It will continue to serve patients in other locations, including Frederick.
The nonprofit distributed a letter to its Westminster staff and patients: "Unfortunately, due to the rising costs of medical care and our inability to locally fund our Westminster clinic over the last several years, we will be sadly terminating services here on February 28, 2013," the letter stated.
It will continue to serve the patients its sees during its monthly Taneytown visits, as well as to its other locations in Frederick, Reisterstown and other areas in Maryland and Pennsylvania. However, the nonprofit will not be able to see its Westminster patients at those sites, Charlton said.
But Mission of Mercy staff had meetings with Carroll Hospital Center and Access Carroll officials to ensure the Westminster patients wouldn’t go without health care.
"A lot of them are working class, day laborers, the working poor. If they’re in pain, they can’t function," Charlton said. "It’s really important to us that those patients be provided what they need to make sure they can stay functional."
On Mission of Mercy’s final clinic day, Feb. 6, a team of Access Carroll employees will be on site to help patients schedule follow-up appointments at its new medical facility in the Distillery building.
Access Carroll employees will also be on site on Feb. 27, when Mission of Mercy officials will come back to Westminster one final time Feb. 27 for a half a day. This visit will be for administrative purposes only.
"We’re trying to work with them, and make sure patients get the smoothest and best transition of care," said Tammy Black, Access Carroll’s executive director. "Since we are here serving as a full-time medical home, we are hoping those patients can seamlessly move right into our service."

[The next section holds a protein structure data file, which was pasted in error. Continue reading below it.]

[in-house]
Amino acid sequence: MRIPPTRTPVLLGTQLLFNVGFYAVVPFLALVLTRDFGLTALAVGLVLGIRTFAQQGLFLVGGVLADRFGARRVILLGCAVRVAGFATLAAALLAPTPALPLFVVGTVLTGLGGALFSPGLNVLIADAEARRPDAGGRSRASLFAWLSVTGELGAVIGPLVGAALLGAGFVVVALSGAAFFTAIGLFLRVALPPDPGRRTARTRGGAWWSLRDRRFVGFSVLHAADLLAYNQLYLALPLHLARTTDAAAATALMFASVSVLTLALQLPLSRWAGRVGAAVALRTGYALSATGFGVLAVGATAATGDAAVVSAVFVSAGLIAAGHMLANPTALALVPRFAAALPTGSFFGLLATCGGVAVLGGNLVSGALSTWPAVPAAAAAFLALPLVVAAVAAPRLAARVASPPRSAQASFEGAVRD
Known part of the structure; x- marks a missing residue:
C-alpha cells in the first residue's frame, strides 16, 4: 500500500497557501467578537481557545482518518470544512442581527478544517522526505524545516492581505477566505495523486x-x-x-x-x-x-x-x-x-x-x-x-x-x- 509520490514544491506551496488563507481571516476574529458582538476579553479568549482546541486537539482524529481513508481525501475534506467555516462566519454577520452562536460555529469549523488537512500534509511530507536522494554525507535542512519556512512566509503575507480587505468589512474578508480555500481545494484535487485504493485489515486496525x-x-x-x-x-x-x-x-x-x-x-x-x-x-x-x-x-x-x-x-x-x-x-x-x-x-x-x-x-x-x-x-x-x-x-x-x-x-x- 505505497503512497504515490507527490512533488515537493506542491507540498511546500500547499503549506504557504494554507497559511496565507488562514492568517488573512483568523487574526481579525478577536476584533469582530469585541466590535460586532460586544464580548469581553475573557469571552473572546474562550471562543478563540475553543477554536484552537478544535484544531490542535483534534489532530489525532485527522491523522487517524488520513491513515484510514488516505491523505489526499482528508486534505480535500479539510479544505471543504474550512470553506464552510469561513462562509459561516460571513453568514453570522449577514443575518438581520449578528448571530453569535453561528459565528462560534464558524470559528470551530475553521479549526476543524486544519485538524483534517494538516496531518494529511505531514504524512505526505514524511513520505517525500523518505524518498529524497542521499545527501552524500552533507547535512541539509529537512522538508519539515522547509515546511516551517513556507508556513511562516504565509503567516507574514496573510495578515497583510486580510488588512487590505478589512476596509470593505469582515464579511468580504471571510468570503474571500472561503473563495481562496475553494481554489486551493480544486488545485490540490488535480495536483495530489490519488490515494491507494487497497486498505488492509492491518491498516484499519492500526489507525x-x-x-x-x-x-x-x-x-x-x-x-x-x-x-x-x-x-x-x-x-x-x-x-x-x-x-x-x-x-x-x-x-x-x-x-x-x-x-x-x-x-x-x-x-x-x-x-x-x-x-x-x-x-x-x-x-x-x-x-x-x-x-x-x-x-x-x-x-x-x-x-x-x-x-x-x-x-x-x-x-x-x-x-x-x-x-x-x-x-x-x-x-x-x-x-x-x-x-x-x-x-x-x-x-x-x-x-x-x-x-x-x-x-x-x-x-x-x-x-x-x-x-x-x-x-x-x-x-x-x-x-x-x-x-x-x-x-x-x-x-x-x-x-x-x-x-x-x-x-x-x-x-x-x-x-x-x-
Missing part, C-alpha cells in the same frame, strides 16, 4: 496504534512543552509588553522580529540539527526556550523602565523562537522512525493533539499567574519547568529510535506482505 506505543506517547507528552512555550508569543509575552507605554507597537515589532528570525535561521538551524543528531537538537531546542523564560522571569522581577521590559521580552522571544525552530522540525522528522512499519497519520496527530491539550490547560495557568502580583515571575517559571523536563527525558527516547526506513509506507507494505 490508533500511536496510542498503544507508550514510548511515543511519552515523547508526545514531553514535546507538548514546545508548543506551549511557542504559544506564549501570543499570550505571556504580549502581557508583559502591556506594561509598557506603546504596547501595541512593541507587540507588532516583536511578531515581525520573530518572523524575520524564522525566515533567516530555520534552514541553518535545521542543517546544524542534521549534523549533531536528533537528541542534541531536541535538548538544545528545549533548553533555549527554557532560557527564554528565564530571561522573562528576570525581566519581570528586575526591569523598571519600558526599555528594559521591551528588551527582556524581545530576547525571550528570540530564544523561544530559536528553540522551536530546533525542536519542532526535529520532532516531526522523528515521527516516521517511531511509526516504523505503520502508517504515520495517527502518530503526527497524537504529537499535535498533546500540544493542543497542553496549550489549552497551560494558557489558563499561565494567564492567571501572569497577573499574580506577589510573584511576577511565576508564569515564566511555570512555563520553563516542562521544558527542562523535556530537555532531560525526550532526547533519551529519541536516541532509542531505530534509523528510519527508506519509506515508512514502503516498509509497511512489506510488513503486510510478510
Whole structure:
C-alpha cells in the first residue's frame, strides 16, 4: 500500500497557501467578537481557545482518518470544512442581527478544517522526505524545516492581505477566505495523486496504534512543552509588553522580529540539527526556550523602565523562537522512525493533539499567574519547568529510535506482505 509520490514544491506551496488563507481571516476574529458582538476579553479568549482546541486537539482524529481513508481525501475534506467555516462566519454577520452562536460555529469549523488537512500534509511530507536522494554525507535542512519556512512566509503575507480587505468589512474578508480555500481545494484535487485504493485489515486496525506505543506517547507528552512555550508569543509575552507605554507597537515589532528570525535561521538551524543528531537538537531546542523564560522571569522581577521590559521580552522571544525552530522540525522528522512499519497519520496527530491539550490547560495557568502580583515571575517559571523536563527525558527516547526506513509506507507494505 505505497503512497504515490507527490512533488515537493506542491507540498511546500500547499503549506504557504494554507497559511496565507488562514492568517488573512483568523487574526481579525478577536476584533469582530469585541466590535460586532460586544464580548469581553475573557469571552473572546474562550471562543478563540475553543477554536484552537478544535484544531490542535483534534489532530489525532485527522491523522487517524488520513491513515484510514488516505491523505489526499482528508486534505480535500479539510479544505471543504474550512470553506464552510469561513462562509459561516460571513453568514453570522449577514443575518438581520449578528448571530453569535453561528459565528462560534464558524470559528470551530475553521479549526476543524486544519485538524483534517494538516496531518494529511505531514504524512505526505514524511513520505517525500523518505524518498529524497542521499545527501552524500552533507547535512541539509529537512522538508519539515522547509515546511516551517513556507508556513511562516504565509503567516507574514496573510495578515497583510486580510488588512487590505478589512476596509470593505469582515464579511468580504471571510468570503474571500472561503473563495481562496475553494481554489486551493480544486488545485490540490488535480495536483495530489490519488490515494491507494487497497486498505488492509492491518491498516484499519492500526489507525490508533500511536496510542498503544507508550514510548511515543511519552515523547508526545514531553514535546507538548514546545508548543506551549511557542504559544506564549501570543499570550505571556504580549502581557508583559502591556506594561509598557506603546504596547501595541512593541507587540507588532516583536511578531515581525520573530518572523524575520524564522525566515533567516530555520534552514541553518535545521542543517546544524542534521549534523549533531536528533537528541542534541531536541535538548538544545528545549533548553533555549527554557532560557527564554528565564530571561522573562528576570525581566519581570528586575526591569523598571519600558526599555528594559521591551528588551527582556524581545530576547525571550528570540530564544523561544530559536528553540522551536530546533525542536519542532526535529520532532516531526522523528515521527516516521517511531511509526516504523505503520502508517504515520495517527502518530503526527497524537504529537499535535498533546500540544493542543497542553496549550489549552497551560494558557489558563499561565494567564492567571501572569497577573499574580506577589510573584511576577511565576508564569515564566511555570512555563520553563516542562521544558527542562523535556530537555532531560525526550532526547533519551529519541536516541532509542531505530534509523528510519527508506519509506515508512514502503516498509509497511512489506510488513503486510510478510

Carroll Hospital Center will continue to provide ancillary lab and X-ray support, the letter to patients and staff stated.
"The hospital is here to make sure there’s access to care for everybody in the community," said Ellen Finnerty Myers, the hospital’s vice president of community affairs.
Mission of Mercy’s exit from the Westminster community signifies that the city has established a successful network of care for uninsured, under-insured and low income residents, she said.
"It’s a win-win all around for our community in that we were blessed that the Mission of Mercy came here in 1994 and [has] provided services and that the hospital and the health department and other community agencies were able to partner and open up a full-time clinic," Myers said. "And that now [Mission of Mercy] is able to open up in other places."
And it’s time to move on, Charlton said.
"It just seemed like the right decision to redirect our talents and our resources to other communities that don’t have an Access Carroll," she said. "Mission of Mercy deeply appreciates the relationships we’ve built over the years with patients, their families, our wonderful volunteers and our collaborative partners."